A wildlife-friendly planting initiative
brought to you by RePollinate

Our diverse pollinators (butterflies, moths, bees, wasps, flies, beetles, birds, etc.) require plants with a variety of flower forms and flowering times to source their food. The process of pollinating these plants is an essential component of a thriving ecosystem. It allows plants to fruit, seed and reproduce and, in so doing, provides food and habitat for a range of other creatures (that includes ourselves). Pollinators themselves, particularly invertebrates, are also a major source of food within the ecosystem.

                                                                                                                    Illustrations by @alicebapple


Beds for Bees offers a ‘best of both’ approach to flowerbed design, incorporating a rich mix of perennial cottage garden plants and native wildflowers. The combination of cultivated (non-native) and native plants in a bedding scheme is something quite novel. Beds for Bees is about blurring these boundaries and bringing about a culture change in horticulture towards something more sustainable/climate conscious, ecologically valuable and which celebrates our native flora and fauna.

Why use perennials? (and what is a perennial plant?) – a perennial plant is any plant that lives for more than two years. This distinguishes them from ‘annuals’, which finish their lifecycle in one year, and ‘biennials’, which finish their lifecycle in two.
A major advantage of using perennials is that, in theory, they only need to be bought once. To prevent plants becoming congested and to give them a new lease of life, perennials need to be divided every 3 or so years. This is great because you effectively multiply your plants, further saving costs for planting elsewhere. Perennials are also excellent for ensuring soil is not left bare, locking in soil moisture and carbon in living plant material, and for providing lots and lots of nectar and pollen, particularly as plants mature – all of this means that perennials have the upper hand when it comes to supporting biodiversity and reducing soil carbon emissions.

Why use native AND non-native plants? – native plants are fantastic for supporting a broad range of wildlife. For example, not only do they provide for generalist pollinators (that aren’t too fussy about which plants they visit), they are key to the survival of native specialists that have evolved with, and now depend upon one particular plant family, genus or even species (either for nectar and pollen resources or as vegetation for the larvae, or both). Non-native plants are primarily of benefit to generalists, but they can be brilliant for providing an abundance of nectar and pollen, and bring lots of long lasting colour, including at times of year when most native plants have finished, or haven’t started, flowering. Beds for Bees planting schemes comprise a careful selection of plants from both these groups, ensuring harmonisation and that plants are best suited to where they are planted.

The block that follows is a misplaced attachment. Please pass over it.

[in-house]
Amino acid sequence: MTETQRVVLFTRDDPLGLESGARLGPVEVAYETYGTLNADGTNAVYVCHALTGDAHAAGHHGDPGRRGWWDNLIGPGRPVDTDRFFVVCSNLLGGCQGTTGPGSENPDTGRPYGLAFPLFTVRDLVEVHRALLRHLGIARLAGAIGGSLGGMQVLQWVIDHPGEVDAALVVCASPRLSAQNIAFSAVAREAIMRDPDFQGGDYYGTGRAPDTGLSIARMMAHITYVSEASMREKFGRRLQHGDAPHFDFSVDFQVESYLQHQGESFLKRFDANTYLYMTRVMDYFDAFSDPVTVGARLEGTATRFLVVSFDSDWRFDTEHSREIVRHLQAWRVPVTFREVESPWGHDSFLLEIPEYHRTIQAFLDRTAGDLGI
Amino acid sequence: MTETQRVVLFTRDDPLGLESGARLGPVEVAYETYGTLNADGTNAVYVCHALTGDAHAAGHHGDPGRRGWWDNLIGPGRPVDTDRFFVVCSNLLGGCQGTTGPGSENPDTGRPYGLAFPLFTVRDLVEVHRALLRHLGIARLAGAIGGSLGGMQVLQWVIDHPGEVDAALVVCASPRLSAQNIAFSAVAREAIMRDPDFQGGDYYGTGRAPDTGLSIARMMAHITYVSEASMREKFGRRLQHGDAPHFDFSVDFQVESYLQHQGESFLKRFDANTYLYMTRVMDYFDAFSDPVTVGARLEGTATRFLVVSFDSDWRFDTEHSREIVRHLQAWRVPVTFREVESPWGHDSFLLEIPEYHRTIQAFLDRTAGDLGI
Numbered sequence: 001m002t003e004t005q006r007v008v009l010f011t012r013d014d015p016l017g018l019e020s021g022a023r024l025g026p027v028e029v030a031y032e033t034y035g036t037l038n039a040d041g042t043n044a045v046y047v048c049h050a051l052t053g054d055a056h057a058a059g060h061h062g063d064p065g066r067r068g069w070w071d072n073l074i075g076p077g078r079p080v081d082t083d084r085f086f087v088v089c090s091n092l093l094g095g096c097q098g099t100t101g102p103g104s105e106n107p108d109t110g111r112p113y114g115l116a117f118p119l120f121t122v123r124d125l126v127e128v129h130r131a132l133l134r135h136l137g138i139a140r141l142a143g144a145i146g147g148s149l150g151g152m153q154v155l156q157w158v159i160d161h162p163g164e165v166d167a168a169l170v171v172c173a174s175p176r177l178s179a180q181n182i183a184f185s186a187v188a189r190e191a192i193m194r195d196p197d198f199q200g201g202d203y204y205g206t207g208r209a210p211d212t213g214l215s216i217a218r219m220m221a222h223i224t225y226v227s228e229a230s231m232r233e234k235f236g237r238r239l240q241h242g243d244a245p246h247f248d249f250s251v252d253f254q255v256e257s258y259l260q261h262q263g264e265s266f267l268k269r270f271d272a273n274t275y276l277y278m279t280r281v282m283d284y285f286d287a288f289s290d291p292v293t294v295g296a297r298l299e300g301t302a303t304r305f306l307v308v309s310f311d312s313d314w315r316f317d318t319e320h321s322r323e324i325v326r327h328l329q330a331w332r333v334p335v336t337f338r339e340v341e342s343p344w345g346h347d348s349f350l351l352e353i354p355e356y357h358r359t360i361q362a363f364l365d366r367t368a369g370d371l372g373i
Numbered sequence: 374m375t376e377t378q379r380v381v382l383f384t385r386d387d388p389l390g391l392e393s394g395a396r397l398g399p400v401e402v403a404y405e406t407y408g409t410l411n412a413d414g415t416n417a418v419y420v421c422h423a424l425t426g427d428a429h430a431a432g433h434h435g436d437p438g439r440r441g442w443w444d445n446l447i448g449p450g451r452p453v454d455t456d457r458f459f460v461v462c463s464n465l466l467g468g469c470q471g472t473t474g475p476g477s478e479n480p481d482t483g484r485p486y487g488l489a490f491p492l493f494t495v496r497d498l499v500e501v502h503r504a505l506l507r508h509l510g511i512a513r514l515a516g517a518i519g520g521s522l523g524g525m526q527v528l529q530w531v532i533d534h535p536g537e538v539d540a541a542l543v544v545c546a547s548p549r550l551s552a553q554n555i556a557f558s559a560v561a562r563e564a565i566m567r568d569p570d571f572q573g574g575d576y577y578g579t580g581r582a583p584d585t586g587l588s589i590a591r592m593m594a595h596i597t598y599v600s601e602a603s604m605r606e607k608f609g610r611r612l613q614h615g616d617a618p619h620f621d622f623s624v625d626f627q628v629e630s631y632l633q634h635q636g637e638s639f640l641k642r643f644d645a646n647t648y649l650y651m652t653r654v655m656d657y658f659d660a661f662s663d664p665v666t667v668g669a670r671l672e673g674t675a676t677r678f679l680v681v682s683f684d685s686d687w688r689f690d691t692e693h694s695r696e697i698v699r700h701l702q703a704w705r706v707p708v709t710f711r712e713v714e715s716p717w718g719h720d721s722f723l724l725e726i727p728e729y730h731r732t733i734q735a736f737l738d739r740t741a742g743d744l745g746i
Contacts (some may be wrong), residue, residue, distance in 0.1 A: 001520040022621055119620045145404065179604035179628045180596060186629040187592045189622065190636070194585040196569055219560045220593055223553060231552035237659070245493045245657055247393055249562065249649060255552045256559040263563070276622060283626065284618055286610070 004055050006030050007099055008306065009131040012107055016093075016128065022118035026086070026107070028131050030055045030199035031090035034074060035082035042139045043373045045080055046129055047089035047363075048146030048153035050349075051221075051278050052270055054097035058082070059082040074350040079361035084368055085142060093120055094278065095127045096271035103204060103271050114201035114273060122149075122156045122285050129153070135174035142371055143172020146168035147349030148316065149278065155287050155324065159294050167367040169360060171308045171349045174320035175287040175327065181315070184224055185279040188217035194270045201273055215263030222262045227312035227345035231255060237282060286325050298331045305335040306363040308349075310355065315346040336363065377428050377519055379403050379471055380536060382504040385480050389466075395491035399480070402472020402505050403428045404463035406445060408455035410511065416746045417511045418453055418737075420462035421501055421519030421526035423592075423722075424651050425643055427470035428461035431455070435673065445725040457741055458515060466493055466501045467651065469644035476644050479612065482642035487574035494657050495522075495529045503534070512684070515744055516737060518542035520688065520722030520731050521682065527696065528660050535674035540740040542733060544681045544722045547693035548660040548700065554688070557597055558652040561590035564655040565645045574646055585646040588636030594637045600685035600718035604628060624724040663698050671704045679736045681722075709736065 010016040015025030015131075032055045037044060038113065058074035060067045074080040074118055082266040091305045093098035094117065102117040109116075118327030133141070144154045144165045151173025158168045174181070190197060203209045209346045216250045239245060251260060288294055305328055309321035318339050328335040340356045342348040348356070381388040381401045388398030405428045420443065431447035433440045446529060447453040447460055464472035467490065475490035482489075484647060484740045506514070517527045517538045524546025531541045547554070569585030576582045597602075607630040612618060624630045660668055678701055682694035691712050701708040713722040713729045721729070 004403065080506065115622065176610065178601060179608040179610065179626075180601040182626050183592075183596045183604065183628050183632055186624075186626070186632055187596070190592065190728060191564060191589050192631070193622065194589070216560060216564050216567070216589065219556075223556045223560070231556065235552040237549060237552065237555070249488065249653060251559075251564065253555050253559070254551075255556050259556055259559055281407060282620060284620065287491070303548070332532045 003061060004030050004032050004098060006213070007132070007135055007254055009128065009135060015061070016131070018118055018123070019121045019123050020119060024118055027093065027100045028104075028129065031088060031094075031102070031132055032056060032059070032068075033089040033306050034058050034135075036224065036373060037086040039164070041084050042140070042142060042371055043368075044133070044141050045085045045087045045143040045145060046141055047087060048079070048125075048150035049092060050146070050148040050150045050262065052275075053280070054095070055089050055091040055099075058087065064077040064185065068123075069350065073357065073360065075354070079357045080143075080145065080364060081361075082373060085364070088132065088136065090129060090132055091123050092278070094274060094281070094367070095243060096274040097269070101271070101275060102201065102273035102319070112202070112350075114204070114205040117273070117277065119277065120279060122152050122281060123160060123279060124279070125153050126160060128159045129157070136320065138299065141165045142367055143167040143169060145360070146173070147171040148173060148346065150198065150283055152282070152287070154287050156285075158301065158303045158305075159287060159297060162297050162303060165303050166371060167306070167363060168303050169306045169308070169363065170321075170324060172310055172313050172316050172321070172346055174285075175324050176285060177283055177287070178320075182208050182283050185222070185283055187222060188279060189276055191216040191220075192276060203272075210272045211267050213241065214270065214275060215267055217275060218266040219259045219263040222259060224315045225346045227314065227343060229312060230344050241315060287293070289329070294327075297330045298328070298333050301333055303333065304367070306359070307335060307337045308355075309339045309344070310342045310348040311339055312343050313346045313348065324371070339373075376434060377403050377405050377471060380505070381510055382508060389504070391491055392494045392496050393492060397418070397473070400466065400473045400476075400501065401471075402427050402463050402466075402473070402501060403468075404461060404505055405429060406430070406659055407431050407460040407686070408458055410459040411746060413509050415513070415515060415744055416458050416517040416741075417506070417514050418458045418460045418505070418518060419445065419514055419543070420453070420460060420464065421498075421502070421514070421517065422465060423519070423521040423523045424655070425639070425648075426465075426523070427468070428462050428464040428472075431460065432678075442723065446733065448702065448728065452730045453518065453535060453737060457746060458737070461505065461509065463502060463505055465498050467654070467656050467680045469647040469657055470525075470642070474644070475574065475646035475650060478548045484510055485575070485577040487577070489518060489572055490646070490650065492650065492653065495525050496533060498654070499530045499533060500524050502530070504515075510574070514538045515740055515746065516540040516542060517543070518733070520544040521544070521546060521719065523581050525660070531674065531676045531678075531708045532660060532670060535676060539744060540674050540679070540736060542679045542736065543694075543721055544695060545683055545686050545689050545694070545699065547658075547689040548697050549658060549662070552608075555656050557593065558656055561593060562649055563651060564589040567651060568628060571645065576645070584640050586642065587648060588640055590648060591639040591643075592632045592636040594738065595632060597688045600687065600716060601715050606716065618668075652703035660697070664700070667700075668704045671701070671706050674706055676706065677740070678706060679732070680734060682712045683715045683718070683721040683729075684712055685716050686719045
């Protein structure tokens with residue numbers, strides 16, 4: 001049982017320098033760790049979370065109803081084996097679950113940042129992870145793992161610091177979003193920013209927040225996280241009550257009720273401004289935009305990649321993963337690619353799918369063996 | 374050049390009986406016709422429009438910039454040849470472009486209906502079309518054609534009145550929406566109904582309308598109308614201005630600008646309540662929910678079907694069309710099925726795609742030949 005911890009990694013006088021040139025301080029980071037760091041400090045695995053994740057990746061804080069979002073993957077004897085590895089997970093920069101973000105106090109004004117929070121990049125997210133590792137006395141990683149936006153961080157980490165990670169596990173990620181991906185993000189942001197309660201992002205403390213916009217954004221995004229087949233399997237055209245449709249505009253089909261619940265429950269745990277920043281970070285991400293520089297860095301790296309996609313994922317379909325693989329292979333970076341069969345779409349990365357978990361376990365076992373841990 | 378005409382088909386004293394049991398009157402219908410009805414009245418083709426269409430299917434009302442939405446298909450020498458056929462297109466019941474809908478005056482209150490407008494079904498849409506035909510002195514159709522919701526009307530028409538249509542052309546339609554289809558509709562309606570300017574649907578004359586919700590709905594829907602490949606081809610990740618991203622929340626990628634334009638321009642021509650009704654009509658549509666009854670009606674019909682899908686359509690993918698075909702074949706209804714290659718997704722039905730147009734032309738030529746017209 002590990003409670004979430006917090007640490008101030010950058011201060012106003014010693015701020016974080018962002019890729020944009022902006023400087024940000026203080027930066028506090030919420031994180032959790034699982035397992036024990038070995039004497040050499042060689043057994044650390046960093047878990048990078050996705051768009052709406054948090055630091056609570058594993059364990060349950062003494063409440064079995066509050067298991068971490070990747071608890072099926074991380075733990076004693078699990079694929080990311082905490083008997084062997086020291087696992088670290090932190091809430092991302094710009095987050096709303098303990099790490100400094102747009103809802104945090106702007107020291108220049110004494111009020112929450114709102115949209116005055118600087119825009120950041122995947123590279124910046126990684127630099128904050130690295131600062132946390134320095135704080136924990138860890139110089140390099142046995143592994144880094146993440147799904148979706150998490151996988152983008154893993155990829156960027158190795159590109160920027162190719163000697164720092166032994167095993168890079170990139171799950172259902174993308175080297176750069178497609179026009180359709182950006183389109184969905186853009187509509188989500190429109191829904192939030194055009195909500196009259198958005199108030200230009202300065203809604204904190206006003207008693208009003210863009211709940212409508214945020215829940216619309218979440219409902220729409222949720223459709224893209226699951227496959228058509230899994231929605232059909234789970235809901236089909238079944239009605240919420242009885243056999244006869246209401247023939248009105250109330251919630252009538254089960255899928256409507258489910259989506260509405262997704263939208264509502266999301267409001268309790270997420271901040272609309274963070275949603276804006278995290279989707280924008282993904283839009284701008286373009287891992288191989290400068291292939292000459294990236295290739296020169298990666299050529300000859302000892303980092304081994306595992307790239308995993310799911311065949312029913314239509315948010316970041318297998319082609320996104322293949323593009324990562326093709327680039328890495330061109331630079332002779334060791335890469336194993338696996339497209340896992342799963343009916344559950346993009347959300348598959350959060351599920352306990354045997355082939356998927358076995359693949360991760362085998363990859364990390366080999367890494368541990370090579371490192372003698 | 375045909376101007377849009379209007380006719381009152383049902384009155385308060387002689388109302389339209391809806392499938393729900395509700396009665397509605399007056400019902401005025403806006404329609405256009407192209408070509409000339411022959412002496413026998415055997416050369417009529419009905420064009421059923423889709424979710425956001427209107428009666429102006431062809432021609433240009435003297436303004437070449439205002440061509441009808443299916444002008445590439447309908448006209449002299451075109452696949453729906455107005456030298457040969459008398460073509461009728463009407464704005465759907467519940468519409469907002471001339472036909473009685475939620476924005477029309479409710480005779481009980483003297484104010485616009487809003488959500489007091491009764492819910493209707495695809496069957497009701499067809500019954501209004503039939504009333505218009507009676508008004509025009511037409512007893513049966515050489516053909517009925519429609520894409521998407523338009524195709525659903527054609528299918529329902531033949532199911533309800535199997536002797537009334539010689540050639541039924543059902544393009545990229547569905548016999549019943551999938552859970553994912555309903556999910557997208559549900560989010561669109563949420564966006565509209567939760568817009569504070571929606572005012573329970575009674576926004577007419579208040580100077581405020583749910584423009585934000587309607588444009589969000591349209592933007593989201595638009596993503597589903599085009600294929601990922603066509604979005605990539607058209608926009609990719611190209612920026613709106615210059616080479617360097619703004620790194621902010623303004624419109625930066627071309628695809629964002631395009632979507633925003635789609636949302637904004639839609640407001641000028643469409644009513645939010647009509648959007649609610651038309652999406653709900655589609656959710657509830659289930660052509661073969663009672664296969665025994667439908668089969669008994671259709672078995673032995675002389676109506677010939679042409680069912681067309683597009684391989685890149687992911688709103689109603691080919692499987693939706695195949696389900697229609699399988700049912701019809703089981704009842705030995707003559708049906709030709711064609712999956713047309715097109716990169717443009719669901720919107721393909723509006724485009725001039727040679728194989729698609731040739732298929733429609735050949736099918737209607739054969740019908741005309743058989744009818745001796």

Beds for Bees is suitable for every planting style and context

– Take a look for some ideas –

Low growing

Maintaining sightlines or avoiding obscuring features of interest

Photo: Denny Old Parish Church

Planters or raised beds

Existing or new planters and rasied beds can be used to create extra interest with overhanging plants

Photo: The Galgael Trust, Glasgow


A diverse mix of plants of varying heights and structures create a more wild aesthetic

Photo: The Rest Garden, Gargunnock


A selective mix of plants can bring long lasting colour and brightness to shadier spots

Photo: The Centre Livingston

Low maintenance

Prioritising cespitose plants that grow in dense clumps or tufts and don’t spread easily, for example, by seed or rhizomes

Photo: Dollar Park, Falkirk


Using symmetry and careful spacing between plants, designs can offer a more formal aesthetic

Photo: Zetland Park Bowling Club, Grangemouth

Colour themed

Designs can be based around certain colours or colour combinations and will include a diverse mix of flower forms

Photo: Duntrune Community Garden, Dundee

How to get involved

If your community group is interested in establishing a Bee Bed, please see our detailed How to Guide. If you think your group can meet the criteria listed, please email leigh@repollinate.org.uk.

If you work for a business, or know of any that might be interested in Beds for Bees sponsorship (perhaps as part of a Corporate Responsibility Program), please contact leigh@repollinate.org.uk.


“Fortune Works as a group have loved the RePollinate bed, it has brought a real finishing touch to our pollinator corridor within FW and we love the fact they have used lots of native plants in the design. The whole process was excellent from delivery to plans attached for recommendations. Our team really enjoyed planting it up and the holistic planning of the shape of the bed. We couldn’t recommend RePollinate enough. It’s a great project doing great things”